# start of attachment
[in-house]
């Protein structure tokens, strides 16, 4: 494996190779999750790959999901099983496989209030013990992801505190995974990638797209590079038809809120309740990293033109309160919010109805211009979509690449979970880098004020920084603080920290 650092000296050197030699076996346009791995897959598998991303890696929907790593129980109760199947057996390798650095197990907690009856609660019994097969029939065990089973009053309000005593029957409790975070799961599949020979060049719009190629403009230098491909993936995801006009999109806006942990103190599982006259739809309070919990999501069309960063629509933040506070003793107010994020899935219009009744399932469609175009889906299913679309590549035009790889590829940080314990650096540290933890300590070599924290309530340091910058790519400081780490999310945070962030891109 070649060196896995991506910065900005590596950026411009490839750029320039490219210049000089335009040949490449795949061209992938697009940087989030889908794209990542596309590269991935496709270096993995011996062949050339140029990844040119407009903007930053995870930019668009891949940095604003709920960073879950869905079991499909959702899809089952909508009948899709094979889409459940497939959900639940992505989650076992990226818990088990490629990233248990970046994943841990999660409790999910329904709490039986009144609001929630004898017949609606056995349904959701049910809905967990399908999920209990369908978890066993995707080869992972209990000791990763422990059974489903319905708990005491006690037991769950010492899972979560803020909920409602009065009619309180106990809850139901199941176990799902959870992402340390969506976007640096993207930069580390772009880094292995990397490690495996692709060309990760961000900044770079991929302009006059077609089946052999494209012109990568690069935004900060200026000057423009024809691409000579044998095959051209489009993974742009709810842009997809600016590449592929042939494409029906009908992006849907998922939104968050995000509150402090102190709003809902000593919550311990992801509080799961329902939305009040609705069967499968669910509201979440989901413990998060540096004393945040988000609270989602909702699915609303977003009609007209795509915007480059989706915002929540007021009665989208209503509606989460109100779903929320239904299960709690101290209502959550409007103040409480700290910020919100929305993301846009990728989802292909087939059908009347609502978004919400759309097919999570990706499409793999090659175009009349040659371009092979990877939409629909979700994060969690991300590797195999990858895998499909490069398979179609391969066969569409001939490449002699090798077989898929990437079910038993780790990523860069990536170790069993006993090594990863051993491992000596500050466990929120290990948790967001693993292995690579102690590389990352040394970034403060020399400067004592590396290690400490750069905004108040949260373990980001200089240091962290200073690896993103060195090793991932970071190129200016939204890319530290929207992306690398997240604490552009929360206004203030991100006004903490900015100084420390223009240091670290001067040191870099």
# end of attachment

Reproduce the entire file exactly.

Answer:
[in-house]
């Protein structure tokens, strides 16, 4: 494996190779999750790959999901099983496989209030013990992801505190995974990638797209590079038809809120309740990293033109309160919010109805211009979509690449979970880098004020920084603080920290 650092000296050197030699076996346009791995897959598998991303890696929907790593129980109760199947057996390798650095197990907690009856609660019994097969029939065990089973009053309000005593029957409790975070799961599949020979060049719009190629403009230098491909993936995801006009999109806006942990103190599982006259739809309070919990999501069309960063629509933040506070003793107010994020899935219009009744399932469609175009889906299913679309590549035009790889590829940080314990650096540290933890300590070599924290309530340091910058790519400081780490999310945070962030891109 070649060196896995991506910065900005590596950026411009490839750029320039490219210049000089335009040949490449795949061209992938697009940087989030889908794209990542596309590269991935496709270096993995011996062949050339140029990844040119407009903007930053995870930019668009891949940095604003709920960073879950869905079991499909959702899809089952909508009948899709094979889409459940497939959900639940992505989650076992990226818990088990490629990233248990970046994943841990999660409790999910329904709490039986009144609001929630004898017949609606056995349904959701049910809905967990399908999920209990369908978890066993995707080869992972209990000791990763422990059974489903319905708990005491006690037991769950010492899972979560803020909920409602009065009619309180106990809850139901199941176990799902959870992402340390969506976007640096993207930069580390772009880094292995990397490690495996692709060309990760961000900044770079991929302009006059077609089946052999494209012109990568690069935004900060200026000057423009024809691409000579044998095959051209489009993974742009709810842009997809600016590449592929042939494409029906009908992006849907998922939104968050995000509150402090102190709003809902000593919550311990992801509080799961329902939305009040609705069967499968669910509201979440989901413990998060540096004393945040988000609270989602909702699915609303977003009609007209795509915007480059989706915002929540007021009665989208209503509606989460109100779903929320239904299960709690101290209502959550409007103040409480700290910020919100929305993301846009990728989802292909087939059908009347609502978004919400759309097919999570990706499409793999090659175009009349040659371009092979990877939409629909979700994060969690991300590797195999990858895998499909490069398979179609391969066969569409001939490449002699090798077989898929990437079910038993780790990523860069990536170790069993006993090594990863051993491992000596500050466990929120290990948790967001693993292995690579102690590389990352040394970034403060020399400067004592590396290690400490750069905004108040949260373990980001200089240091962290200073690896993103060195090793991932970071190129200016939204890319530290929207992306690398997240604490552009929360206004203030991100006004903490900015100084420390223009240091670290001067040191870099």